The FBI’s in town, Saberton is working on a deal with Dr. Charish, a conspiracy is in motion to expose the existence of zombies, the morgue is heightening scrutiny of the bodies Angel has been stealing brains from, and there’s been a new decapitation murder. Looks like Angel picked the wrong week to quit doing zombie super-drugs. Let’s run amok with White Trash Zombie Gone Wild, by Diana Rowland.
Angel Crawford has buried her loser past and is cruising along in undead high gear–that is, until a murder-by-decapitation sends her on a hazardous detour. As Angel hunts for the killer, she uncovers a scheme that would expose zombies to the public and destroy the life she’s built, and she’s determined not to rest until she finds out who’s behind it.
Soon she’s neck-deep in lies, redneck intrigue, zombie hunters, and rot-sniffing cadaver dogs. It’s up to her to unravel the truth and snuff out the conspiracy before the existence of zombies makes headline news and she’s outed as a monster.
But Angel hasn’t quite escaped the pill-popping ghosts of her past–not with an illicit zombie pharmaceutical at her fingertips. Good thing she’s absolutely sure she can handle the drug’s unpredictable side effects and still take down the bad guys…or maybe she’s only one bad choice away from being dead meat–for real this time.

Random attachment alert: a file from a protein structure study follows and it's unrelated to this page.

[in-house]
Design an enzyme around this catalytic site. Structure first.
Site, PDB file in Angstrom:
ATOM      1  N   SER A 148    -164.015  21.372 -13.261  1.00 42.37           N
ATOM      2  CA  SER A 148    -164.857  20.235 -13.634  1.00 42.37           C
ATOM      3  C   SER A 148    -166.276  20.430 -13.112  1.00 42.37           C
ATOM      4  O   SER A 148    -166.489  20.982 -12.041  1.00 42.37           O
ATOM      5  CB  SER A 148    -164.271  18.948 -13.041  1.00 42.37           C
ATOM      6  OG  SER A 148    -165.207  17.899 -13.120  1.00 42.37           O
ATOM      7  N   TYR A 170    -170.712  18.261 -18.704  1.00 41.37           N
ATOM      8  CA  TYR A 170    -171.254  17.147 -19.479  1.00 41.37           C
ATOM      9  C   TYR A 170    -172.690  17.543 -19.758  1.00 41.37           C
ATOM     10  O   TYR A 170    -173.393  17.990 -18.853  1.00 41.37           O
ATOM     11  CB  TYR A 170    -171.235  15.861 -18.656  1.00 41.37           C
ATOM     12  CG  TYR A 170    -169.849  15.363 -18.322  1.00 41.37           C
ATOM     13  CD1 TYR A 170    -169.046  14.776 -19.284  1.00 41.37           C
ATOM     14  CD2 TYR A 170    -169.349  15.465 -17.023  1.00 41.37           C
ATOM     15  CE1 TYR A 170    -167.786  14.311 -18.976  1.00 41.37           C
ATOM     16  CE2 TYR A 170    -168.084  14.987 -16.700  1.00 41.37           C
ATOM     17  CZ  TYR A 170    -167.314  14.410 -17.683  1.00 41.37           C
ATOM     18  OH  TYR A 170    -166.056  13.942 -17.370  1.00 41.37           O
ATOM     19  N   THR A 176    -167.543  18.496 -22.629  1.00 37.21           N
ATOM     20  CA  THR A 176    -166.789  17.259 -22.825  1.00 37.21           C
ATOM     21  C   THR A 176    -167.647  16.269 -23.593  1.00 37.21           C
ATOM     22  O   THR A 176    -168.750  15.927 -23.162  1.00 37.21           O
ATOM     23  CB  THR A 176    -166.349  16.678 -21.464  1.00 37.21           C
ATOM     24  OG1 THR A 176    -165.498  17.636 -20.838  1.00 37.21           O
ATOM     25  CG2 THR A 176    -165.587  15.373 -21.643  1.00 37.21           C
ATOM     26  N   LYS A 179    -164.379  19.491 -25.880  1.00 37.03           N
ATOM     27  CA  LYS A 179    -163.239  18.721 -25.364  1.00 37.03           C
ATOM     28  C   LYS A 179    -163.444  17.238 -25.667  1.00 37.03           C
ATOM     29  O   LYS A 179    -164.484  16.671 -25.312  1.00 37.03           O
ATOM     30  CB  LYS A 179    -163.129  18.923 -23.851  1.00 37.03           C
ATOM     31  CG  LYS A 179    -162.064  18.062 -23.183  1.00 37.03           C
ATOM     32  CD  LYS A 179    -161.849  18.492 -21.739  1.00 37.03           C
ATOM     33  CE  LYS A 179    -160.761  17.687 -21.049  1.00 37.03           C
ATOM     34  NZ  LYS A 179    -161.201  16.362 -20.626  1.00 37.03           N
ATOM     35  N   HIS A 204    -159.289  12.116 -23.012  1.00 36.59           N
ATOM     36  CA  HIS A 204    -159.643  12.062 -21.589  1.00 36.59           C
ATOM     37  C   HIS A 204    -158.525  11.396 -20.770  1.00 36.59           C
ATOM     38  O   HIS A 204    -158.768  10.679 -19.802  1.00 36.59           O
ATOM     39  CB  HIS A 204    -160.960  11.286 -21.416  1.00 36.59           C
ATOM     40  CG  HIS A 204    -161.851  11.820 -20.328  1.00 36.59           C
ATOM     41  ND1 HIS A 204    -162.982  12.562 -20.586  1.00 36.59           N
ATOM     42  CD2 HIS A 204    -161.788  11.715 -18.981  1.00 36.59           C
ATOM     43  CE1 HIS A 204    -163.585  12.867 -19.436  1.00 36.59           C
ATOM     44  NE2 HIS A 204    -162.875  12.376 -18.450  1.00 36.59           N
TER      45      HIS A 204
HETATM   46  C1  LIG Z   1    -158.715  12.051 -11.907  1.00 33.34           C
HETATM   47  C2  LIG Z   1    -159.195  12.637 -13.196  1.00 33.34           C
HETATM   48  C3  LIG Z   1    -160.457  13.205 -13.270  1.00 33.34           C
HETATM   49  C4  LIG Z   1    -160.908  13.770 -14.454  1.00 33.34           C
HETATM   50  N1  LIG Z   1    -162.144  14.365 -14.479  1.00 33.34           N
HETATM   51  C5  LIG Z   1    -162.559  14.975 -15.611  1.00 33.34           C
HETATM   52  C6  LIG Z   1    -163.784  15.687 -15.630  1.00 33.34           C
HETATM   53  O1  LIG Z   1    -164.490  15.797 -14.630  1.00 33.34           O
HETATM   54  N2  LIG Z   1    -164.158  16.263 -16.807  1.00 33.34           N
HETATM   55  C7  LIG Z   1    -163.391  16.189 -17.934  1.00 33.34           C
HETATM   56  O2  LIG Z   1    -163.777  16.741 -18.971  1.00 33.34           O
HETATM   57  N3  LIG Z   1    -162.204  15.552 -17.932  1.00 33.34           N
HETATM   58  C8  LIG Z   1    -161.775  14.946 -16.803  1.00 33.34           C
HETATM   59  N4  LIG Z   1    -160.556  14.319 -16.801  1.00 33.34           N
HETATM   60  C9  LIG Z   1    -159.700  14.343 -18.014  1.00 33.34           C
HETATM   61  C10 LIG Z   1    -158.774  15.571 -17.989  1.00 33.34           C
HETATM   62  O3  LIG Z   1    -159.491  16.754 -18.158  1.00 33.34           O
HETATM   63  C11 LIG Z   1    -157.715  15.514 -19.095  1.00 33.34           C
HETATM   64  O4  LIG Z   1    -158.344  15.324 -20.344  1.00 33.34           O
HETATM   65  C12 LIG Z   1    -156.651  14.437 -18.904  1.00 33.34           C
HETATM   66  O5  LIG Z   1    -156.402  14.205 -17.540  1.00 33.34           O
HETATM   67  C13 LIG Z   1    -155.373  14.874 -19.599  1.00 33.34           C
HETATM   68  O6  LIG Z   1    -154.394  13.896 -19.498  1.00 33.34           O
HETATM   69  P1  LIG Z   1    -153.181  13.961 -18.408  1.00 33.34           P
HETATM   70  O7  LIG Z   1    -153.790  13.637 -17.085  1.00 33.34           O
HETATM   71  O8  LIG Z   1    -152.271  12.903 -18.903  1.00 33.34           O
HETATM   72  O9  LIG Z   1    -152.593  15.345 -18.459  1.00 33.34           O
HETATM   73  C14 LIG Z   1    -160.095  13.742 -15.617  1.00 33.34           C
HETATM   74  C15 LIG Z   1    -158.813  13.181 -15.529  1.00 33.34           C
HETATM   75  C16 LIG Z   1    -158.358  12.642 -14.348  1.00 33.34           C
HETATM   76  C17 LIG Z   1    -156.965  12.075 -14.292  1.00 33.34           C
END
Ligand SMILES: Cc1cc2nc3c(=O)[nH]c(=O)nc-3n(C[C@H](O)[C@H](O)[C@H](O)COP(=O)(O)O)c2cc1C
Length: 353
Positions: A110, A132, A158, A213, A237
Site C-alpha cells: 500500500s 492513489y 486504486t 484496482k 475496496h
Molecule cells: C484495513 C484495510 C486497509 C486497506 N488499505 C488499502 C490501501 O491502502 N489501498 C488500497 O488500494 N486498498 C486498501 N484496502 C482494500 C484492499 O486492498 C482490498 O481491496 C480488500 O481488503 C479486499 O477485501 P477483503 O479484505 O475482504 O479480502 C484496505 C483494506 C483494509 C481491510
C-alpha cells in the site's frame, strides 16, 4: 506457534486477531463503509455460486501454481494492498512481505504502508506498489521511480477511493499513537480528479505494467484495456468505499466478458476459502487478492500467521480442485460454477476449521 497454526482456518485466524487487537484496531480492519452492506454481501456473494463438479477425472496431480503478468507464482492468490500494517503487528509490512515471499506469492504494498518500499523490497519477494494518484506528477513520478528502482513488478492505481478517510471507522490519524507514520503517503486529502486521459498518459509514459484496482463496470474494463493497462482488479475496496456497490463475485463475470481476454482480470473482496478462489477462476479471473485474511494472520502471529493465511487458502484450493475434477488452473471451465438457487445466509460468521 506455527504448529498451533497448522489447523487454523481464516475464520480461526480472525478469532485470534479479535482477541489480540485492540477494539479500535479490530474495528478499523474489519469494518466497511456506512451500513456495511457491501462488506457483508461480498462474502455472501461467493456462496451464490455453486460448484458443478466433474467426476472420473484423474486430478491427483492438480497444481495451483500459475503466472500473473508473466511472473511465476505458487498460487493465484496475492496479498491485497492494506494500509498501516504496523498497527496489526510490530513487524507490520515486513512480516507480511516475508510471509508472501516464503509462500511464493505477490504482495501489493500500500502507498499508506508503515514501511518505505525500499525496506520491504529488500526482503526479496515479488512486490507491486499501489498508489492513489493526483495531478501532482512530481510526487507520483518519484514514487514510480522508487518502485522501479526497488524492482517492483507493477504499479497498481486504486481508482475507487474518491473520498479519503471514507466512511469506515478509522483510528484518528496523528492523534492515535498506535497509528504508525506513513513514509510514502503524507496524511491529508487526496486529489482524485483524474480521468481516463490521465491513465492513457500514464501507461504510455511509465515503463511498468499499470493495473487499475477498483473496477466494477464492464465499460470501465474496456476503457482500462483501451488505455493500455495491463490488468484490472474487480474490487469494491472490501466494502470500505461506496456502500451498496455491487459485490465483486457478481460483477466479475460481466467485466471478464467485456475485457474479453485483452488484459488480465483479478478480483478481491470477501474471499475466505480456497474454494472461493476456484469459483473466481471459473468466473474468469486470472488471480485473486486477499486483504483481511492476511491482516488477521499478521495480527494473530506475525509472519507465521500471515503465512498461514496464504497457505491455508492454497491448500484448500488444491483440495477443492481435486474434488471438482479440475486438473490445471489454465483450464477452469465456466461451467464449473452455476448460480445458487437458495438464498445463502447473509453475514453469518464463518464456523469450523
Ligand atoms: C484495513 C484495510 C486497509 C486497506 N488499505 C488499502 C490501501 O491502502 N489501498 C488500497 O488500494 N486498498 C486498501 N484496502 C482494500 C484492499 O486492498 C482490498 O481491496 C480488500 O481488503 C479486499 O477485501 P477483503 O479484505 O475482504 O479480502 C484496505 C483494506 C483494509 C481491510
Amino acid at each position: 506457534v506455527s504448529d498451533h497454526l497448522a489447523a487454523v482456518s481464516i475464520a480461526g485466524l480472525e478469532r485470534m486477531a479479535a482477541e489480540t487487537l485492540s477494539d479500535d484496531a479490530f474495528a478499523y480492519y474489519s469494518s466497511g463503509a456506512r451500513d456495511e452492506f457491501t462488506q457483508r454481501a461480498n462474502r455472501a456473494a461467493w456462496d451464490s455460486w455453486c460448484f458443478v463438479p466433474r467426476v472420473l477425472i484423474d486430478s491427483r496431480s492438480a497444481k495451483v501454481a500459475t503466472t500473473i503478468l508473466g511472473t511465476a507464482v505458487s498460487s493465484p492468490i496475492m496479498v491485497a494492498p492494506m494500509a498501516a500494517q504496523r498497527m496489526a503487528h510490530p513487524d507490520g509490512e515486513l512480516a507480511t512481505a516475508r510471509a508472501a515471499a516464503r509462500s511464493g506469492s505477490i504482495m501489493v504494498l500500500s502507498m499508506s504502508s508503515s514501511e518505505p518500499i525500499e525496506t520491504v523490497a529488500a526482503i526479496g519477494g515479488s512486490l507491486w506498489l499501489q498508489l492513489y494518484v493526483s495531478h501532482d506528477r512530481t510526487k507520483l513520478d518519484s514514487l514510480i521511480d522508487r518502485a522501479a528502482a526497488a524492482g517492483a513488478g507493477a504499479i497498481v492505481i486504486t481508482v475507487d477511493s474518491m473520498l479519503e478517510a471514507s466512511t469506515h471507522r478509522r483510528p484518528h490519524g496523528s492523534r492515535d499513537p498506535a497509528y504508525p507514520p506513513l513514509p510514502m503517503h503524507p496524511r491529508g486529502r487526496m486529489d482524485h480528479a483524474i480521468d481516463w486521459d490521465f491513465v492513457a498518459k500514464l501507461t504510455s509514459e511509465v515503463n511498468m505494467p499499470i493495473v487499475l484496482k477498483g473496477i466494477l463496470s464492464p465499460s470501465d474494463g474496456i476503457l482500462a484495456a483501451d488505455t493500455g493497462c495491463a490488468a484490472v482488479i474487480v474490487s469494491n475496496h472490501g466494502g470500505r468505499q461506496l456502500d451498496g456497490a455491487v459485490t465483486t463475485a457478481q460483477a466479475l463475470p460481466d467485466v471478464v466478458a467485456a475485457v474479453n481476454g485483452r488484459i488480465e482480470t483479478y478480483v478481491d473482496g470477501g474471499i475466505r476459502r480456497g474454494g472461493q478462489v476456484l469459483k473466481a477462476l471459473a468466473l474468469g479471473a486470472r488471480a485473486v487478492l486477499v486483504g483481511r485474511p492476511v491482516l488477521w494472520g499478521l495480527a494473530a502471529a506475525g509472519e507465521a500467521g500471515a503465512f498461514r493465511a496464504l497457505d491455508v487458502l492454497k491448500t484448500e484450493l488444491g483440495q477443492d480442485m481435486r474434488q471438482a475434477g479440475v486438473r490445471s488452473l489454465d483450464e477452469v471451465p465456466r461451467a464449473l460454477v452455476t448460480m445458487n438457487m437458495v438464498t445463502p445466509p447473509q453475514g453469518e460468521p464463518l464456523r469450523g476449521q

Angel knows a thing or two about kicking ass, but now the ass she needs to kick might be her own.
With this book, the White Trash Zombie series has delivered its best installment yet. After last time’s brief action-thriller excursion, it’s back to a mystery-based style reminiscent of the first book. There are a multitude of plotlines – the Tribe and Saberton are both hunting for the ever-manipulative Dr. Kristi Charish, a film at a zombie-themed festival includes actual zombie footage which threatens to expose the Tribe’s secrets, FBI agents are sniffing around mortuaries, a zombie hunter-style decapitation murder has taken place – and with a bunch of recurring characters suddenly behaving suspiciously, it’s a puzzle as to who’s involved with what and which threads tie into the tapestry of a greater conspiracy. Top it all off with Angel struggling with her addiction issues, and the result is a book which remains intense and interesting from front to back.
I especially appreciated all the new character development. In addition to the aforementioned focus on Angel’s resurfacing drug problem, a whole lot of recurring extras are brought to the foreground and given additional characterization and plot relevance: Randy, Nick, and Prejean all get a turn to step into the spotlight. It makes the world feel richer to have them explored in depth and made more involved with the narrative.
Finally, there’s the ending and its sense of forward momentum. The status quo can only remain in place for so long before it becomes dull; but the times they are a changin’, and this book implies the groundwork is being laid for a big shakeup. The Tribe dodged a bullet this time; but as Angel points out, they can’t remain secret forever, and it’s time for them to start planning how best to come out to the world. Hopefully, unlike the fake-out title of White Trash Zombie Apocalypse, this is a sign of real major change coming to the White Trash Zombie universe.
White Trash Zombie Gone Wild is the strongest entry yet in this ongoing series, and I don’t hesitate to rank it a cut above the other books.
Final Rating: 4/5